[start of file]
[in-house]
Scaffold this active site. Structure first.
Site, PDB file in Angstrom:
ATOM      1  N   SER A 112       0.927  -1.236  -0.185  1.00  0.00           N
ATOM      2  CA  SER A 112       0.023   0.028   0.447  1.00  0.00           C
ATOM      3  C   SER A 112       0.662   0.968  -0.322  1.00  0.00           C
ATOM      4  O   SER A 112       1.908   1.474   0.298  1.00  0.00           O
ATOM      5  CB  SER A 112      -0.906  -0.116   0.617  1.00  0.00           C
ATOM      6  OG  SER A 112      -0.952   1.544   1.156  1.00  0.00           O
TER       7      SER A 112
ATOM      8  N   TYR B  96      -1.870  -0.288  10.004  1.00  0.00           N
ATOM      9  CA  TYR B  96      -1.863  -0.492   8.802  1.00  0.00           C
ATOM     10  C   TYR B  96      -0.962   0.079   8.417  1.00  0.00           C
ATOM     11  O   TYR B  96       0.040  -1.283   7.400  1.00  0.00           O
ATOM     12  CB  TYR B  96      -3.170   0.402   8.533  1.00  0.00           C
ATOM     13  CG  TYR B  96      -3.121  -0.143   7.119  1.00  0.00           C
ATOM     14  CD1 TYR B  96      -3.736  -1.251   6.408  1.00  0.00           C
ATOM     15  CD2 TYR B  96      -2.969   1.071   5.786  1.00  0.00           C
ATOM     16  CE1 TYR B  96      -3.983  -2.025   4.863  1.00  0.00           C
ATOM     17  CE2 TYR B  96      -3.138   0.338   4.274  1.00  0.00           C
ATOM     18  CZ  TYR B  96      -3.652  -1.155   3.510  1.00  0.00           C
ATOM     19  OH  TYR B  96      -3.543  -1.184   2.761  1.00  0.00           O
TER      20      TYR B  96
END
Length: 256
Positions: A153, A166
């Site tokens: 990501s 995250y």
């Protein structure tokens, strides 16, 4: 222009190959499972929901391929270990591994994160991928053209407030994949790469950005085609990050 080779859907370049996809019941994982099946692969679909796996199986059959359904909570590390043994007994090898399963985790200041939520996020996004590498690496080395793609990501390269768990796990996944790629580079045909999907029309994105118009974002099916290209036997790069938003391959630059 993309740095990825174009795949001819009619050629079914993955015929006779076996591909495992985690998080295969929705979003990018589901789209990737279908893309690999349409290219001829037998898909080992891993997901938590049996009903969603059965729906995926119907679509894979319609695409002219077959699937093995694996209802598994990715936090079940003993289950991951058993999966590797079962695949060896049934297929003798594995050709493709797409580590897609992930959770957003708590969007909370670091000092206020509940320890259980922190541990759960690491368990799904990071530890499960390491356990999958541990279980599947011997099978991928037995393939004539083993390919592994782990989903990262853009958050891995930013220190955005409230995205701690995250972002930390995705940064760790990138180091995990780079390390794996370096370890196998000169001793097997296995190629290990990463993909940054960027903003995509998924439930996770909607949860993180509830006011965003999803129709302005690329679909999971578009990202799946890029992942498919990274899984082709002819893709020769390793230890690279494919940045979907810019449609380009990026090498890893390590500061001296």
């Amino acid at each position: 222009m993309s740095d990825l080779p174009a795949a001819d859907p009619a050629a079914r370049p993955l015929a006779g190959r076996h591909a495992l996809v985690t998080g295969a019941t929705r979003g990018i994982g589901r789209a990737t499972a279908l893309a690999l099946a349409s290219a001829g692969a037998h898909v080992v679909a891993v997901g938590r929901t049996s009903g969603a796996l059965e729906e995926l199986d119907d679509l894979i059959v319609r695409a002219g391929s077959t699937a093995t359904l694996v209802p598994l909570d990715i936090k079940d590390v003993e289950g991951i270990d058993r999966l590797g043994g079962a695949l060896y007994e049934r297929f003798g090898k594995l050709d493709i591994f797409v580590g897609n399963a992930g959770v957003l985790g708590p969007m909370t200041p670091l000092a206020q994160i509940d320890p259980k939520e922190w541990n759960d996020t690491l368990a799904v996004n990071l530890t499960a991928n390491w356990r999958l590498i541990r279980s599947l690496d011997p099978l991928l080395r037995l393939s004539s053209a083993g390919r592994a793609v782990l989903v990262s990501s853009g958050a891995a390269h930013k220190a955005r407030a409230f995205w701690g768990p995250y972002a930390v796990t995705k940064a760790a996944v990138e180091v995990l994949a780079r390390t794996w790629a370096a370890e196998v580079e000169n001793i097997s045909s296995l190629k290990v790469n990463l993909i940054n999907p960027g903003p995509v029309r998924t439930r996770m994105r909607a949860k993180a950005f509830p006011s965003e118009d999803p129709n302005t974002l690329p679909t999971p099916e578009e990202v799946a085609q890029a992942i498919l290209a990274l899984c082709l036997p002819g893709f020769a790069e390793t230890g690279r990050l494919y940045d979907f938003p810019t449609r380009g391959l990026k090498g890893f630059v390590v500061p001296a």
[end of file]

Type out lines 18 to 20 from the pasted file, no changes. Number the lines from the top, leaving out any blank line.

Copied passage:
ATOM     15  CD2 TYR B  96      -2.969   1.071   5.786  1.00  0.00           C
ATOM     16  CE1 TYR B  96      -3.983  -2.025   4.863  1.00  0.00           C
ATOM     17  CE2 TYR B  96      -3.138   0.338   4.274  1.00  0.00           C